Donald Trump at the NBC Universal 2015 Winter TCA Press Tour. (Joe Seer / Shutterstock)
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Every month, it seems, brings a new act in the Trump administrations war on the media. In January, Secretary of State Mike Pompeo exploded at National Public Radio reporter Mary Louise Kelly when he didnt like questions she askedand then banned a colleague of hers from the plane on which he was leaving for a trip to Europe and Asia. In February, the Trump staff booted a Bloomberg News reporter out of an Iowa election campaign event.Ad Policy
The president has repeatedly called the press an enemy of the peoplethe very phrase that, in Russian (vrag naroda),was applied by Joseph Stalins prosecutors to the millions of people they sent to the gulag or to execution chambers. In that context, Trumps term for BuzzFeed, a failing pile of garbage, sounds comparatively benign. Last year, Axios revealed that some of the presidents supporters were trying to raise a fund of more than $2 million to gather damaging information on journalists at The New York Times, The Washington Post, and other media outfits. In 2018, it took a court order to force the White House to restore CNN reporter Jim Acostas press pass. And the list goes on.
Yet it remains deceptively easy to watch all the furor over the media with the feeling that its still intact and safely protected. After all, didnt Richard Nixon and Ronald Reagan rail against the press in their presidencies? And dont we have the First Amendment? In my copy of Samuel Eliot Morisons 1,150-page Oxford History of the American People, the word censorship doesnt even appear in the index; while, in an article on The History of Publishing, the Encyclopedia Britannica reassures us that in the United States, no formal censorship has ever been established.
So how bad could it get? The answer to that question, given the actual history of this country, is: much worse.
Though few remember it today, exactly 100 years ago, this countrys media was laboring under the kind of official censorship that would undoubtedly thrill both Donald Trump and Mike Pompeo. And yet the name of the man who zestfully banned magazines and newspapers of all sorts doesnt even appear in either Morisons history, that Britannica article, or just about anywhere else either.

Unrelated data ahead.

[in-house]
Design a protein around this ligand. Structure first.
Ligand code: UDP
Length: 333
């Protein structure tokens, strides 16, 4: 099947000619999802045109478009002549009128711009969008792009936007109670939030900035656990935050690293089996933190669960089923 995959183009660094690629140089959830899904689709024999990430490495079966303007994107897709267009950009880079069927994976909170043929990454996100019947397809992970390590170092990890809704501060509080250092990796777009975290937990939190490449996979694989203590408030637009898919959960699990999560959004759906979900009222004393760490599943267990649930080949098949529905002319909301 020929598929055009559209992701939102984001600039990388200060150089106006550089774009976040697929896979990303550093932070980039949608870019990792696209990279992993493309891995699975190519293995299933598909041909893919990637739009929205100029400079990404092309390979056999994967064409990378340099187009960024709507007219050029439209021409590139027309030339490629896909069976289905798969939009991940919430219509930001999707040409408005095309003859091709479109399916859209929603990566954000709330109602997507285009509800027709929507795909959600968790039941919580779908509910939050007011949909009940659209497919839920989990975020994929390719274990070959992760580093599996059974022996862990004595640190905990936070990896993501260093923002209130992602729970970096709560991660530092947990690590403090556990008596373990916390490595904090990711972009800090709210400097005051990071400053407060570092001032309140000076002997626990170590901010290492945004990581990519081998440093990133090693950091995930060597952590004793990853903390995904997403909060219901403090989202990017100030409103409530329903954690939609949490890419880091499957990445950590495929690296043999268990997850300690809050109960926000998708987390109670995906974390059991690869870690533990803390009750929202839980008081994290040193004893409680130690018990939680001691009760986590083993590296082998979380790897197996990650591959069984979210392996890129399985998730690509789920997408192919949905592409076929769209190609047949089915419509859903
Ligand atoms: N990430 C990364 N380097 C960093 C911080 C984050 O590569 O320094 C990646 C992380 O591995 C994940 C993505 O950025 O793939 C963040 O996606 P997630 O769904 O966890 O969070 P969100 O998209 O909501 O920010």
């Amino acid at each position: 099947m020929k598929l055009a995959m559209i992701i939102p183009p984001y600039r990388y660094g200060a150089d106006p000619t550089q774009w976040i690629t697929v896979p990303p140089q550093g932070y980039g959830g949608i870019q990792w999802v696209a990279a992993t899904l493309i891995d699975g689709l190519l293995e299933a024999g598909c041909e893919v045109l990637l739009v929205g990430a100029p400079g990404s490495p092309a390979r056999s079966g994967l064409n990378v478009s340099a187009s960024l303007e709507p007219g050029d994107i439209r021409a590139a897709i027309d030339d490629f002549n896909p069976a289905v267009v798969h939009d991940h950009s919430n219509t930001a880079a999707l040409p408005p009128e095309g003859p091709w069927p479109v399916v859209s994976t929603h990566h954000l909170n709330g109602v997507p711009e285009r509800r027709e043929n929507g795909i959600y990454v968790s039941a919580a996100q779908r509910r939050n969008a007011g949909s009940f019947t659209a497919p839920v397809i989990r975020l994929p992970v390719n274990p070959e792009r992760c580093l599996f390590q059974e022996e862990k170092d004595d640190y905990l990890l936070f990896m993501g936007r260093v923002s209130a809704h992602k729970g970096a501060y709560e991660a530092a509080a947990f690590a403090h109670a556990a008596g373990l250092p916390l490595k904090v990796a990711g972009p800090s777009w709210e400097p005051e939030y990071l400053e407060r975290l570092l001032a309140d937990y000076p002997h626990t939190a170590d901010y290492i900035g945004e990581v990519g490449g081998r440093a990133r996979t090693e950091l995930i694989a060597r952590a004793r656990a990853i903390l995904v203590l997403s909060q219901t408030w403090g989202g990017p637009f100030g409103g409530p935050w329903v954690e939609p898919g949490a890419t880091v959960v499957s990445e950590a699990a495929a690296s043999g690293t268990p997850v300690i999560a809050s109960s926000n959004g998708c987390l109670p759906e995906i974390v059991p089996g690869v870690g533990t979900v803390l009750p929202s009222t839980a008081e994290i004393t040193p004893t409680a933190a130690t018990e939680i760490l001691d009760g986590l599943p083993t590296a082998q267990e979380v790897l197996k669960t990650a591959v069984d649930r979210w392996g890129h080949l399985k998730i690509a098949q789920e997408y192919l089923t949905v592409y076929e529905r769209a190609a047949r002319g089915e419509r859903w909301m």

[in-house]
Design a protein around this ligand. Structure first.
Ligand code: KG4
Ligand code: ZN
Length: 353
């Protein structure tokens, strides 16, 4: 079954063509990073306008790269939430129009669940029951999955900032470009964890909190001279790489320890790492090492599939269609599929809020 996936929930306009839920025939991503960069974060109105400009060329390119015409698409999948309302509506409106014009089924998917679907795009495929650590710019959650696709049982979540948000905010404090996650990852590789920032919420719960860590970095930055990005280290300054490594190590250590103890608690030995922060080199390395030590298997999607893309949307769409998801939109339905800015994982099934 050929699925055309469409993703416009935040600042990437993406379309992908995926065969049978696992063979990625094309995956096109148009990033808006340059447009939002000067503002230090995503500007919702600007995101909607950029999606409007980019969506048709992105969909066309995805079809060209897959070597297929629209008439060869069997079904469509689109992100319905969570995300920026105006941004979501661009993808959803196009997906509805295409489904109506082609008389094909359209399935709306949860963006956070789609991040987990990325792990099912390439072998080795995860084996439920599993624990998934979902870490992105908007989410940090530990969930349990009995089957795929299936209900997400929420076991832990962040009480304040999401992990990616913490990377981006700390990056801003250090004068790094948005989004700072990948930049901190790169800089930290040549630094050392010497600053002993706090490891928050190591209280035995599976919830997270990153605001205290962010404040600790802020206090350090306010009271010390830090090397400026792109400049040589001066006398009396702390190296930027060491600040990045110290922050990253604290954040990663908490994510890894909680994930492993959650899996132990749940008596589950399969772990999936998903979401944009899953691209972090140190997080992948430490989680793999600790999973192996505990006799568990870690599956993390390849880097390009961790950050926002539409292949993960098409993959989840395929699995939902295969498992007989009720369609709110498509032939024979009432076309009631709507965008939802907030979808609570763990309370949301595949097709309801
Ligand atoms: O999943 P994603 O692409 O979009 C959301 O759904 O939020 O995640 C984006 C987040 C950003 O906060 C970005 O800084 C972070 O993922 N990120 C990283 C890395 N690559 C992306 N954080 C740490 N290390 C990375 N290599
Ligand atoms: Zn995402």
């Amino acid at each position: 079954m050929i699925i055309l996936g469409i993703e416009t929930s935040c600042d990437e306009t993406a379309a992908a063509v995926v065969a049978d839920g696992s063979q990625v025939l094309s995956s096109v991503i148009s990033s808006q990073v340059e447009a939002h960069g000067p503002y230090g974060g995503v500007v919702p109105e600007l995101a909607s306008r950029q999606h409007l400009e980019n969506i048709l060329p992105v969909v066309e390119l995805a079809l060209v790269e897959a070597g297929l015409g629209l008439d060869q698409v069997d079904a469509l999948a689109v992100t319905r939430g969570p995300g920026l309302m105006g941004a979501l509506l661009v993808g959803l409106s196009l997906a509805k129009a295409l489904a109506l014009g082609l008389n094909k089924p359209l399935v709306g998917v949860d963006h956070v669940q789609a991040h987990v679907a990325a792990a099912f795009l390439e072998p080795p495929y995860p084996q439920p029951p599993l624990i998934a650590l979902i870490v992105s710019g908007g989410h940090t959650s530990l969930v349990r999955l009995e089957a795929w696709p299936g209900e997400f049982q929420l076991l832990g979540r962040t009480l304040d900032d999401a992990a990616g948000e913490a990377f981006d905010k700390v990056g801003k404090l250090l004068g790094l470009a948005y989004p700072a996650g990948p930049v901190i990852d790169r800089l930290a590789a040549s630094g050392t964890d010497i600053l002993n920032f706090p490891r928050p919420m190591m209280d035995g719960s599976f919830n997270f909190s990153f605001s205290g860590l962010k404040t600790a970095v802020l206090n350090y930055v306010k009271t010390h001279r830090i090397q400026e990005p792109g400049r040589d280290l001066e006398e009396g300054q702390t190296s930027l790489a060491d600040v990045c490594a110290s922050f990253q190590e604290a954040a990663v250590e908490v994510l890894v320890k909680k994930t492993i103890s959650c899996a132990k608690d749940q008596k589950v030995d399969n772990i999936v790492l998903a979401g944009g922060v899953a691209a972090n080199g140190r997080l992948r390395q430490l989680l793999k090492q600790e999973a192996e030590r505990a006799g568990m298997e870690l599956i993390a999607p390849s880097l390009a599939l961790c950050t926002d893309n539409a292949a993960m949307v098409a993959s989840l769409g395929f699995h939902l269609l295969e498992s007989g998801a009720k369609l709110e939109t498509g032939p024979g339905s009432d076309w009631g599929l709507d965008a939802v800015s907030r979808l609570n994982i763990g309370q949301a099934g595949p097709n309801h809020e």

The story begins in the spring of 1917, when the United States entered the First World War. Despite his reputation as a liberal internationalist, the president at that moment, Woodrow Wilson, cared little for civil liberties. After calling for war, he quickly pushed Congress to pass what became known as the Espionage Act, which, in amended form, is still in effect. Nearly a century later, National Security Agency whistle-blower Edward Snowden would be charged under it, and in these years he would hardly be alone.
Despite its name, the act was not really motivated by fears of wartime espionage. By 1917, there were few German spies left in the United States. Most of them had been caught two years earlier when their paymaster got off a New York City elevated train leaving behind a briefcase quickly seized by the American agent tailing him.Current Issue
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Rather, the new law allowed the government to define any opposition to the war as criminal. And since many of those who spoke out most strongly against entry into the conflict came from the ranks of the Socialist Party, the Industrial Workers of the World (famously known as the Wobblies), or the followers of the charismatic anarchist Emma Goldman, this in effect allowed the government to criminalize much of the Left. (My new book, Rebel Cinderella, follows the career of Rose Pastor Stokes, a famed radical orator who was prosecuted under the Espionage Act.)
Censorship was central to that repressive era. As the Washington Evening Star reported in May 1917, President Wilson today renewed his efforts to put an enforced newspaper censorship section into the espionage bill. The Act was then being debated in Congress. I have every confidence, he wrote to the chair of the House Judiciary Committee, that the great majority of the newspapers of the country will observe a patriotic reticence about everything whose publication could be of injury, but in every country there are some persons in a position to do mischief in this field.
Subject to punishment under the Espionage Act of 1917, among others, would be anyone who shall willfully utter, print, write or publish any disloyal, profane, scurrilous, or abusive language about the form of government of the United States, or the Constitution of the United States, or the military or naval forces of the United States.